Seastreak to Sail Again to Cold Spring

Revenue for village, customers for Main Street, concerns for residents

The pros and cons of increased tourism took center stage at the June 15 workshop of the Cold Spring Village Board, as the mayor and trustees, business owners and residents weighed in on the likely return of Seastreak’s fall weekend cruises and the possible addition of midweek summer dockings.

Seastreak officials have proposed bringing cruises to the village on Saturdays and Sundays from Sept. 17 through Nov. 13. Mayor Kathleen Foley said the New Jersey company is also considering dockings on Wednesdays and/or Fridays from July 1 to Sept. 16.

The workshop, she said, was intended to discuss the need to preserve “critical village revenues” from docking fees balanced against concerns raised by residents.

Seastreak began its fall excursions to Cold Spring in 2012, with passengers boarding in New Jersey and at the foot of Wall Street in New York City. On some pre-COVID weekends, two boats docked on the same day, each with up to 500 passengers, creating crowded sidewalks and long lines at public restrooms.

“We’ve learned from the past,” said Trustee Eliza Starbuck. “We’ve tried to reduce the impact and negatives that residents were expressing.”

Even 600 to 800 passengers “inundated the village,” she said. “I always felt that was too much for businesses, too much for residents; it was very uncomfortable.”

Restaurants “did not have enough seats to feed those numbers at one time,” Foley said. “So, you ended up with a lot of angry folks.”

Seastreak

The first fall foliage cruise in 2021 docked at Cold Spring on Oct. 2.  (File photo by M. Turton)

For its 2022 agreement with Seastreak, the village has proposed restrictions such as allowing only one boat to dock each day; limiting passengers to 400 on weekend cruises and 200 on weekdays; limiting weekend docking times; requiring boats to dock at West Point or other locations; limiting the time weekday boats spend at the dock; and ending the summer weekday schedule in August.

A number of people at the meeting, including board members, business owners and a Chamber of Commerce representative, agreed that the crowds were manageable when passenger counts were reduced to 400 during the pandemic.

While the cruises add to what are already busy tourist weekends, Seastreak has become a noteworthy source of revenue, adding $36,000 to village coffers last year. Starbuck estimated that could increase to $44,000 or $45,000 this year.

“That keeps our taxes relatively low; the fees offset village costs,” she said. Starbuck, who owns a wine store on Main Street, noted that passengers support local businesses “without contributing to parking shortages.”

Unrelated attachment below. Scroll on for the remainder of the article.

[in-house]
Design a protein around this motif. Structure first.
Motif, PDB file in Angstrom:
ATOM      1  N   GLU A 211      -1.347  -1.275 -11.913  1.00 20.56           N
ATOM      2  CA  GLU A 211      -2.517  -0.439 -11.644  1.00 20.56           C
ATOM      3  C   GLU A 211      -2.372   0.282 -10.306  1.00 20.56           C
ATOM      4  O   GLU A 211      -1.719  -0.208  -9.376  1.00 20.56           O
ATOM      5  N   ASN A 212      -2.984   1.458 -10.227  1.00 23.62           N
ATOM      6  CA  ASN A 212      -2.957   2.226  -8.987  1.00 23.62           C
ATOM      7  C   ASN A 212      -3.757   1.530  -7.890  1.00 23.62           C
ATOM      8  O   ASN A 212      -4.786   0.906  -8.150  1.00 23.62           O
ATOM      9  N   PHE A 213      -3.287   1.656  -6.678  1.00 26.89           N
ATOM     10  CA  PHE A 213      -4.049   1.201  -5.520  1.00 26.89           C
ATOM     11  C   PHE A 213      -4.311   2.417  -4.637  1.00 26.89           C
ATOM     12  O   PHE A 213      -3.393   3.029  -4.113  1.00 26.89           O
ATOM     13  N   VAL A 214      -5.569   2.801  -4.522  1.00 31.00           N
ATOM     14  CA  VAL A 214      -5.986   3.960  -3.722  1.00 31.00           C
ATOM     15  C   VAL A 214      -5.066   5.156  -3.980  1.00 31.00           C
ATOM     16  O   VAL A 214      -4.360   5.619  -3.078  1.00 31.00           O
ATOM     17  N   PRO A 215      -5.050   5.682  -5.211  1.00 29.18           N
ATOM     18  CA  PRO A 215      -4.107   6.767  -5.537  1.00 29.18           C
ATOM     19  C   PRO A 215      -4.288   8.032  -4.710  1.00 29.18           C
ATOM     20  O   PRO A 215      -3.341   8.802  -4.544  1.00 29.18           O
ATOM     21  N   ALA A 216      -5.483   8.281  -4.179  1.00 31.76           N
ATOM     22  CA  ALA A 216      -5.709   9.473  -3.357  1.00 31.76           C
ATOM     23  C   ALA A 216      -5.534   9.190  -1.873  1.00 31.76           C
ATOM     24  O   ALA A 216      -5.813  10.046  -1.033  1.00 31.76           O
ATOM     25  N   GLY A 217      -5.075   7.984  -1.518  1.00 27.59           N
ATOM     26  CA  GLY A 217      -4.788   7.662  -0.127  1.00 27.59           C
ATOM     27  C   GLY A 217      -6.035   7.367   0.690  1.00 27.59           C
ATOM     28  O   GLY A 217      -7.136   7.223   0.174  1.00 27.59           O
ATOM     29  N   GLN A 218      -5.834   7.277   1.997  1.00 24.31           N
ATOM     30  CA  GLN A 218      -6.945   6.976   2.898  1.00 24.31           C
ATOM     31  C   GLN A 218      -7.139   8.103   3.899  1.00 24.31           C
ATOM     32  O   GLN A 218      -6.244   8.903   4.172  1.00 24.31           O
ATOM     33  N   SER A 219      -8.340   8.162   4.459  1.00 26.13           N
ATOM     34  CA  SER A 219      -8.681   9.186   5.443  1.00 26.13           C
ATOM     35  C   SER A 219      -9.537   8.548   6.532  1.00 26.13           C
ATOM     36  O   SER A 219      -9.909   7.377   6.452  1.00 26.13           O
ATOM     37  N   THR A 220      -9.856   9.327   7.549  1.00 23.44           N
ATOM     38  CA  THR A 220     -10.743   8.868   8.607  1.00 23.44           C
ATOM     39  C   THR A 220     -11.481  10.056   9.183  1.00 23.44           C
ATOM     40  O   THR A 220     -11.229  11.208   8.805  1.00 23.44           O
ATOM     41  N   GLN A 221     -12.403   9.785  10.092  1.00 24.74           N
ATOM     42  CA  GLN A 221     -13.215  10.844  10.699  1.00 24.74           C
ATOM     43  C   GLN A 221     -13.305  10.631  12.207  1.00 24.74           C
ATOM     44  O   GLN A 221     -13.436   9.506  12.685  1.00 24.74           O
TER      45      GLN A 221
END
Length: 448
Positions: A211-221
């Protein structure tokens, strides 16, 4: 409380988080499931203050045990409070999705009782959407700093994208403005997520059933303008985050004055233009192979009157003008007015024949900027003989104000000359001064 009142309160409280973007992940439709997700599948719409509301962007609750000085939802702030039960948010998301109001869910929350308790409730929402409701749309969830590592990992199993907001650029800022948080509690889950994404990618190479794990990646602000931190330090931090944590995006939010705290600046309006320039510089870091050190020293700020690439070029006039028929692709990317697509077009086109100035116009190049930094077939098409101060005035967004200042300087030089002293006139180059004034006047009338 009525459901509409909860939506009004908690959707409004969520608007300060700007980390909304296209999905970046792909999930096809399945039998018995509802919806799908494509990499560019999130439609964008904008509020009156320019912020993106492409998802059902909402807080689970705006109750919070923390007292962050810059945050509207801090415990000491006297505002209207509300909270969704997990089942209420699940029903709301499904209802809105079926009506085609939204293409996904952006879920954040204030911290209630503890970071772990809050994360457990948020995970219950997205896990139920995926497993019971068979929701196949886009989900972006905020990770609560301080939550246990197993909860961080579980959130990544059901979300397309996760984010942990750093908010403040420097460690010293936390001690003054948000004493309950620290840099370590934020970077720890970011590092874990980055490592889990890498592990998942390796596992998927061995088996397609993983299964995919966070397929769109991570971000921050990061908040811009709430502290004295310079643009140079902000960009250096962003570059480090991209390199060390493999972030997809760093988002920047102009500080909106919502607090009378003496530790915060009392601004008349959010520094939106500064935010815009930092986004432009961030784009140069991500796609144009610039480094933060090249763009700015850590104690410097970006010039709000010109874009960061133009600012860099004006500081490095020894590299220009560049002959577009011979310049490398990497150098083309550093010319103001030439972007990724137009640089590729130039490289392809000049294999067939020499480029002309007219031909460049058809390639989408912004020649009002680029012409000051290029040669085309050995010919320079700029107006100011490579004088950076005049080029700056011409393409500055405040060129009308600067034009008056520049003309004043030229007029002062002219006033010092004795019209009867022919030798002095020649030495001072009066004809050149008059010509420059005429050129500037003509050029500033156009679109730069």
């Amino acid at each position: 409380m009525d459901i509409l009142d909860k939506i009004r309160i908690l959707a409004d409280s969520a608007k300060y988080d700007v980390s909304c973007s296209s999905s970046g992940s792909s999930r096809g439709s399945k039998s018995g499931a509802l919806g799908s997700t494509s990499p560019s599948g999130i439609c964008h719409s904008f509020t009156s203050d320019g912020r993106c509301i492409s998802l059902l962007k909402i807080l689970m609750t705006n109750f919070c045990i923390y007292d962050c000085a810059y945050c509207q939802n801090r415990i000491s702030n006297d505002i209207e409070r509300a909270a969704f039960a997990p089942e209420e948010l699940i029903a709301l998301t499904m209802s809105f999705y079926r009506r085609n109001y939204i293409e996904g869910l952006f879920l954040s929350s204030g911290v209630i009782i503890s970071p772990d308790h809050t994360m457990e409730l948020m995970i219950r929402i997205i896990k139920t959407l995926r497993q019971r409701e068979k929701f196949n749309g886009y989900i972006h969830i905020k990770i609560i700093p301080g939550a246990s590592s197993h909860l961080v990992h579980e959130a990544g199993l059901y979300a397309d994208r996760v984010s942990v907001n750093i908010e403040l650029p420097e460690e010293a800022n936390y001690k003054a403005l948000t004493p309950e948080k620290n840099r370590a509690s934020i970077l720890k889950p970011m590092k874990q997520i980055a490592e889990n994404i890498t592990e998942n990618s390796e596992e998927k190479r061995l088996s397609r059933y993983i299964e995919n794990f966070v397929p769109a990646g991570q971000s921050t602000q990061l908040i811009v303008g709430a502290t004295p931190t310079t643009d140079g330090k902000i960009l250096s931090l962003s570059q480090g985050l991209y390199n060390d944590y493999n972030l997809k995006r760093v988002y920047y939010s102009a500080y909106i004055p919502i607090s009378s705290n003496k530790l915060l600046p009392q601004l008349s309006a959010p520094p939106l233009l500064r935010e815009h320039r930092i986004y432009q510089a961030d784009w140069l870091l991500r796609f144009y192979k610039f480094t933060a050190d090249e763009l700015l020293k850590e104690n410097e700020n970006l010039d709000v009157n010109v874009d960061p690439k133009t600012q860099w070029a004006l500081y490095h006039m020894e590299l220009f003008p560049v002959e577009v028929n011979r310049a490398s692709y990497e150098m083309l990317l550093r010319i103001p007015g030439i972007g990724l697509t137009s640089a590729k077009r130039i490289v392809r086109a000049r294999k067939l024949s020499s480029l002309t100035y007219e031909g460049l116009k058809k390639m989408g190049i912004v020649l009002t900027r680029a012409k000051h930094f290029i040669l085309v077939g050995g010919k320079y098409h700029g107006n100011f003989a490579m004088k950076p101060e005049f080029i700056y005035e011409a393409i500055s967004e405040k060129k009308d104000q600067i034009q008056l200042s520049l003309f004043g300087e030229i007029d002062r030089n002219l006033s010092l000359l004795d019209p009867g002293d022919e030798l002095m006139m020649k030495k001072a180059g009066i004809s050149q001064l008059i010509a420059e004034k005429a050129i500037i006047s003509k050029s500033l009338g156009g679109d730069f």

Cold Spring charges $8 per linear foot for boats tying at the main dock. For prolonged dockage, the fee increases to $12.

Seastreak officials have asked that the village base its fees on ticket sales, but Starbuck said the village will stick to boat size. “They are taking the business risk, running a boat when they are not sure they can get enough customers,” Starbuck said. “That risk should not be ours.”

Foley noted that Seastreak revenues cannot be earmarked to support specific village projects. “They become part of the general fund, with the board deciding spending priorities,” she said. “It creates budget relief which allows us more flexibility.”

Nat Prentice, the president of the Cold Spring Chamber of Commerce, presented comments submitted to him by Main Street business owners who consider the return of Seastreak vital to their livelihood. More than one said that foot traffic has been slow this spring and that the economic outlook is not promising.

Residents of the lower village view the situation differently. “Here at ‘ground zero,’ a lot of us are at the end of our rope; there’s is so much traffic, so many people, so much noise,” said Derek Graham, who lives on West Street. “We can’t have a quiet picnic on weekends; there is just no quiet.”

Graham questioned the relative value of Seastreak revenue. “If we’re generating $40,000 in revenue [from Seastreak] and the budget is $2.5 million, it is less than 2 percent of revenue. That’s not worth it for what we have to put up with. The whole waterfront is ruined. It’s not just the boats; it’s everything.”

Gaston Alonso, also a resident of the lower village, said something was missing from the discussion. “This summer and fall are not like previous ones; Dockside Park is a construction mess, out of commission,” he said. “Residents and tourists who usually go there aren’t able to; lawns next to the bandstand are already overcrowded on weekends and that will get worse once school ends.”

Alonso cautioned the board not to assume residents of the lower village are not upset because only two of them spoke up at the meeting, compared to nine business owners.

“Please prioritize the needs of residents,” he said. “We should not have to bear the brunt of this, so others can benefit.”

Foley responded that issues in the lower village are being looked at from “all angles” and that the board has advocated impact mitigation at Dockside and regarding the proposed Fjord Trail.

“We recognize it is a neighborhood impacted by tourism, a unique neighborhood because it is on a public waterfront,” she said. “We cannot stop people from visiting, it belongs to everyone; it’s a matter of finding balance.”

Graham commented that taxes derived from an increase in village business from Seastreak cruises will simply “go to the slush fund in Putnam where the backroom good old boys decide” where the money will be spent.

Foley urged residents to pay attention to the Putnam County Legislature during the next two months as it enters the budget cycle. Legislators, she said, will have to consider the county executive’s proposal for tax sharing.

Putnam is one of a small number of counties in New York state that does not share revenue raised from retail sales tax with its municipalities.